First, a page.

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Moody Martinis just taste (and look) better.
For this moody martini shot, I wanted to imitate a dark, cloudy day with just a little bit of light coming through a window. This isn’t exactly hard to do since living in the Pacific Northwest it’s fairly cloudy 9 months out of the year.
However dark, cloudy window light isn’t always the best lighting for capturing drinks and making small details stand out, so I opted to create the look I wanted in my garage studio using a couple of strobe lights.
Read on to find out how to create your very own, moody martini shots!
- Sony a7R IV with a Sony 90mm macro lens
- Godox X-Pro Wireless trigger with 2x Godox ad1200 Pro strobes
- Glow-EZ 31×47” soft box
- Westcott Optical Spot/Snoot by Lindsay Adler w/ “Window Blinds” gobo insert
- Erickson Surfaces
Shaping the Light for a Moody Martini Shot
First, I used an optical snoot on one of my strobes with a metal insert (or “gobo”) that shapes the light to look like it’s showing through window blinds.
That part is pretty easy, however, using this light alone was far too dark and shadowy and obscured the details of the Martini.
I placed a second strobe behind the subject in a large softbox and flagged it off slightly with a black poster board. This strobe provided more light to illuminate the glass and the details of the moody martini drink and make it stand out from the grey surface.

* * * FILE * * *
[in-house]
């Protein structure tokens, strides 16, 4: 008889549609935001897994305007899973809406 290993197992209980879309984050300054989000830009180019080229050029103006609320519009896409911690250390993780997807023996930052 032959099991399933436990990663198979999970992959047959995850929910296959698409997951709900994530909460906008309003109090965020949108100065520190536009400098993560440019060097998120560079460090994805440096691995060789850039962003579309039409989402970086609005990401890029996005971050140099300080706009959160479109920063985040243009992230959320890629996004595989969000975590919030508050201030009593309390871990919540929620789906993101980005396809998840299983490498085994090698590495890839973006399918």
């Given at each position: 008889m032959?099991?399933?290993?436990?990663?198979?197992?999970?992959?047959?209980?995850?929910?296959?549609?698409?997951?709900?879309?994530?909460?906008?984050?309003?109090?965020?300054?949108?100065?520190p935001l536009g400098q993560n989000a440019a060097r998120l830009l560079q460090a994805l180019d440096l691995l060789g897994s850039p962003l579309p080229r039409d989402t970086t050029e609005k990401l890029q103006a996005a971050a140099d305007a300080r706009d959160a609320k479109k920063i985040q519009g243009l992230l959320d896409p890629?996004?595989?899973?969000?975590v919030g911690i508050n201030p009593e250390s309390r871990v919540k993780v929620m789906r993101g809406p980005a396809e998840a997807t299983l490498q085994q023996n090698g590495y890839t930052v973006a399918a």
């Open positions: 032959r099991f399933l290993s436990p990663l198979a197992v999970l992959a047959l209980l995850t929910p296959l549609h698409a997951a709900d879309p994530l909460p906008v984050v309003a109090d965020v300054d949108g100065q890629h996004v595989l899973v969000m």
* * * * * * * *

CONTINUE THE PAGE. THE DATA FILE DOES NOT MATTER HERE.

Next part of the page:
Emphasize Moody Drink Texture with Backlight
When used properly, backlighting can also give a cocktail a subtle “glow” that really makes the drink pop and look extra inviting.
Flagging off this backlight with a poster board added a bit more drama and shadow vs. if the strobe wasn’t flagged off at all. Also, adding in more shadow allowed the “window blind” effect from the snoot to appear more pronounced when both lights were used together for the final image.
I went for a nearly monochromatic look. The gold cocktail pick and dull green olive really are the only other colors in the image. I was able to capture a ton of detail using a 90mm macro lens. Thanks to the 1200 watt strobes, I kept my ISO at 100 and stop down my aperture to f/16.
Use Depth of Field for Your Moody Martini Shots
Depth of field can be nice in cocktail imagery. However, I can’t stand drink images where just the rim of the glass is crisp. The focus falls off too quickly due to a low aperture, blurring the rest of the drink.
With drink photography, I’m generally looking for ways to:
- Stop down my aperture to get a broader focus area with more details in perfect focus.
- Shooting at f/16 kept my entire cocktail looking incredibly crisp and sharp.
Although it’s a darker, moodier image, the moody martini itself is still really striking
Like the majority of my work, this is a relatively minimalist image. No other props or styling elements were used to frame the subject.
I try to use light and texture to make the drink I’m photographing look as dynamic and interesting as possible. Even with a drink as simple and familiar as a Moody Martini.
Jordan wrote this post. Thank you, Jordan for sharing your tips on moody martini shots using artificial light. Interested to find out more from Jordan, join the Cocktail Camera Pro Enrolment waitlist here!